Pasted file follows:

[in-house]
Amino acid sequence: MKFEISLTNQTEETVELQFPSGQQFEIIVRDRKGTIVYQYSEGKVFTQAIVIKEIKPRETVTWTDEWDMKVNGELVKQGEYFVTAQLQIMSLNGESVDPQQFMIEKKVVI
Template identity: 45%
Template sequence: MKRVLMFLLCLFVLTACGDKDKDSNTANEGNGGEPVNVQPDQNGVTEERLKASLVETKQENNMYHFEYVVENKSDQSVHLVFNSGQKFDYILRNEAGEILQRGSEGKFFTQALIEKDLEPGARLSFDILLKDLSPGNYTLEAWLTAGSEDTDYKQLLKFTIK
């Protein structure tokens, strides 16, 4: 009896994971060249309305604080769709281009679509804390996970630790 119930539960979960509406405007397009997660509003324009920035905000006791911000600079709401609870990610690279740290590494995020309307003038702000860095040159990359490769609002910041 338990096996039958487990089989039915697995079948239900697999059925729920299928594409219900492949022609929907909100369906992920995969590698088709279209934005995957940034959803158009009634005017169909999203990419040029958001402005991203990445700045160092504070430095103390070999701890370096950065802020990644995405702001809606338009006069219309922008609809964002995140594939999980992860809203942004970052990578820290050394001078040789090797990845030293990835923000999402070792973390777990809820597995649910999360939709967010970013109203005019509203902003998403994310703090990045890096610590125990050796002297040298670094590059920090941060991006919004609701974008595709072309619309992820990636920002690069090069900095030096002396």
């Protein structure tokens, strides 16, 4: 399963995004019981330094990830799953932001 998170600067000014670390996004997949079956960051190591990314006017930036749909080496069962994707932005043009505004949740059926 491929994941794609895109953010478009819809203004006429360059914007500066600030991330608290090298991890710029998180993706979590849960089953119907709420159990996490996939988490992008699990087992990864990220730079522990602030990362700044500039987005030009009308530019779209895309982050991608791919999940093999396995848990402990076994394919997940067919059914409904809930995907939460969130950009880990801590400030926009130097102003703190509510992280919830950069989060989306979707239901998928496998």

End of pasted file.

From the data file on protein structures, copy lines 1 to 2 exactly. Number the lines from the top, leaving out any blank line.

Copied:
[in-house]
Amino acid sequence: MKFEISLTNQTEETVELQFPSGQQFEIIVRDRKGTIVYQYSEGKVFTQAIVIKEIKPRETVTWTDEWDMKVNGELVKQGEYFVTAQLQIMSLNGESVDPQQFMIEKKVVI